This Ohio island has a problem: There’s no ice
PUT-IN-BAY, OHIO — The trouble with the island right now is that it is surrounded by water.
In the summer, the water is the selling point. The village of Put-in-bay supplies all the daiquiri-serving bars of a Key West getaway but lies a mere 20-minute ferry ride from a port on Lake Erie, about halfway between Toledo and Cleveland. Tens of thousands of vacationers pour in for a party that goes on for months.
But when the cold sets in and the ferries stop running, the few hundred people who live here year round watch intently for signs that the blue all around them is turning white. This, they insist, is the real high season: ice fishing time.
When it begins, usually at some point in January or February, dozens of ice shanties sprout on the glorious pavement of a frozen Lake Erie.
There are bonfires and cookouts, banquets and impromptu parties; people sail ice boats, go ice skating and drive snowmobiles across the ice to visit friends on neighboring islands.
The groups of ice fishermen who fly in to South Bass Island, where Put-in-bay sits, bring a nice jolt of offseason cash, but that is just a side benefit. For most who live on the island year round and put up with the tourist season as an economic necessity, ice fishing makes it all worth it.
It always has been, said Mary Ann Mccann, 87, who was sitting at her dining room table with her granddaughter, counting the number of generations of her family that lived on South Bass. “Your dad would be the second generation,” she said. “Then me, that’s three. My dad is four, as a fisherman. My grandmother’s five. Her mother’s six.”
Mccann did some further calculations. “Seven generations,” she concluded. “And everybody was fishing.”
Typically in late February, everyone would be out on the ice. The Black Squirrel, one of the few inns open year round, would be packed with ice fishermen eating an early breakfast in the dining room, then taking their four-wheelers out for a long, cold day of catching walleye.
But while the fishermen showed up this year, the ice didn’t.
Starting on my eight-minute flight from Port Clinton, Ohio, in a six-seater aircraft — in winter, the only way to get to the island — there was one question I was asked most often: Why are you here now? Without ice, there is no ice fishing. And without ice fishing, islanders repeatedly told me, there is not much point.
“We’re all cooped up,” said Dustin Shaffer, the pilot who flew me over, who later that night was drinking with other year-rounders at Topsy Turvey’s, the one bar that stays open all year.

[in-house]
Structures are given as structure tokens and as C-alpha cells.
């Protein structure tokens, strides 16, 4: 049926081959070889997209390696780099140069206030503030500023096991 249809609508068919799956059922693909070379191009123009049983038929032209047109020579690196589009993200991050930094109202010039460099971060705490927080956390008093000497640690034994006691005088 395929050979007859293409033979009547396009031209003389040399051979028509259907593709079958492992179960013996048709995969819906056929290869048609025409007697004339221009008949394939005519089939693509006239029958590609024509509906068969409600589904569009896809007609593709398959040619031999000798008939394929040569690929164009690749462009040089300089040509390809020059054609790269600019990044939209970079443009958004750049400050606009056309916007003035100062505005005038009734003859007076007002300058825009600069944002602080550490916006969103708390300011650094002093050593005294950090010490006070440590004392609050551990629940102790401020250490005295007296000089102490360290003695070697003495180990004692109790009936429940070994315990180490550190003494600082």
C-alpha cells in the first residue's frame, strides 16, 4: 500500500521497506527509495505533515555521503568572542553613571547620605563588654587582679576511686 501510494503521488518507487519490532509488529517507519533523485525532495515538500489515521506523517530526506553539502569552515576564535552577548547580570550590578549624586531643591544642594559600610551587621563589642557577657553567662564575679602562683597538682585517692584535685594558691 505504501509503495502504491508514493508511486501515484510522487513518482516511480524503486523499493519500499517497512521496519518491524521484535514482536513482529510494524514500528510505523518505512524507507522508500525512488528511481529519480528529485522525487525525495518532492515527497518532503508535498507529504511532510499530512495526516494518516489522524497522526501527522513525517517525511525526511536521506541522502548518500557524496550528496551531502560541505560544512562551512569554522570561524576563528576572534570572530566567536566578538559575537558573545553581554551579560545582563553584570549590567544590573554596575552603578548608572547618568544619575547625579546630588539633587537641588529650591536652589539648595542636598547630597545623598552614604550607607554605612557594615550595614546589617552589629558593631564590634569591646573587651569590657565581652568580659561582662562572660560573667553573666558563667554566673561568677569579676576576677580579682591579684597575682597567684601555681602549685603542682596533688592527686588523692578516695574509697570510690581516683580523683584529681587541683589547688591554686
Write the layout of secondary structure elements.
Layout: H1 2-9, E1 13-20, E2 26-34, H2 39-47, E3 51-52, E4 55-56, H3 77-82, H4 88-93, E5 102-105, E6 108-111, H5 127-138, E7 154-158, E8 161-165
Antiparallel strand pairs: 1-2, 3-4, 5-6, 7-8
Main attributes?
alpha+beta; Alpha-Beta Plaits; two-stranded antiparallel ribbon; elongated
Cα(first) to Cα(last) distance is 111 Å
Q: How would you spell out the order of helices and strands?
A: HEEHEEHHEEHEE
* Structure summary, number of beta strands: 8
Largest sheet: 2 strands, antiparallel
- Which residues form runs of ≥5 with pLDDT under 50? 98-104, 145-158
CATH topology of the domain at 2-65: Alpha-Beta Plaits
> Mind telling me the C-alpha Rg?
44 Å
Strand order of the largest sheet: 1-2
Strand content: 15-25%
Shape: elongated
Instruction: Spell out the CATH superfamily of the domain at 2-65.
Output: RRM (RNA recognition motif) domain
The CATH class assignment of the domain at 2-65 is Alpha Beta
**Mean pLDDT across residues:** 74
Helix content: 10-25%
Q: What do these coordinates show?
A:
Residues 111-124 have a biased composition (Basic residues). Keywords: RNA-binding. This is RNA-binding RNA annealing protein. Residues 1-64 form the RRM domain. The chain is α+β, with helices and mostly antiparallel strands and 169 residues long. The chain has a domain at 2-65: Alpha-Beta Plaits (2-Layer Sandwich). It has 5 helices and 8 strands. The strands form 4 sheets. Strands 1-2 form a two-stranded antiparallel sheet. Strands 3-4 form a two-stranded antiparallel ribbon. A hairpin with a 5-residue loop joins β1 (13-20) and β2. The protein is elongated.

“The men are going crazy,” said Linda Parker, who was at a community soup dinner with friends at the local yacht club.
The ice teased here and there in December and January, little shelves appearing in the harbors during shortlived frigid spells. But the temperature always crept back up. Ice coverage of Lake Erie this year has hit record lows.
In the old days, the ice usually got so solid that people in Put-in-bay could drive the 5 or so miles to the mainland in a truck, and often they did. “The older islanders, they remember when you could drive all the way from here to Toledo,” said Aaron Schroeder, a carpenter and ice fishing guide known to his fellow year-rounders as Vern.
But it has been years since the ice was that kind of thick.
The shutting down of most bars and restaurants in fall has always marked the start of the social season for those who live on the island. They hardly see one another in the tourist season, when they work around the clock, trying to make enough money in one half of the year to get them through the other half.
For many longtime islanders, the season still revolves around the ice, but there are more things to do in the winter these days. There is volleyball on Mondays and pickleball and yoga three days a week. Darts night is now twice weekly at Topsy’s. The yacht club, which was once closed all winter, hosted the soup dinner where Parker was communing with friends.
Parker and her fellow diners remarked that more younger people seemed to be staying on the island through the offseason. The new year-rounders would not have any memory of winters when the ice was 2 feet thick. Some of them had not even been ice fishing.
“It don’t freeze like it used to,” Parker said.
Still, among the longtime ice fishermen, hope dies hard.
“Maybe it’s the usual cycle,” George Stoiber, 81, said of the last few disappointing winters. Sitting at the Squirrel and trading tales of past winters with Schroeder, he said there had always been bad ice years among the good ones.
Still, Stoiber acknowledged a grim possibility: “Maybe it’s climate change.”
It would be hard to figure it was anything else, said John Hageman, who for years managed the Ohio State University Stone Lab, a research facility on South Bass Island. Hageman, 63, also worked for years as an ice fishing guide on the island. Like the two men at the Squirrel, he is quick to tell stories of past winters, including a tale about a group of old men trying to drive across the ice in a Lincoln Continental. But Hageman could see what was happening.
“You can’t deny that the Earth is getting warmer unless every thermometer on Earth is broken,” he said. “Back of the envelope, we probably got ice only eight out of the last 12 years.”
Or a recent Friday morning, as a light snow fell, a group of anglers from the mainland showed up at the Black Squirrel for breakfast. They had long planned to come that weekend for the annual ice fishing tournament. It had been postponed for obvious reasons, but the group had come over anyway.
After breakfast, they considered going fishing on the open lake, but it was too choppy. They tried casting from the dock, but nothing was biting, so they called it a day.
By Sunday, the temperature was in the 50s.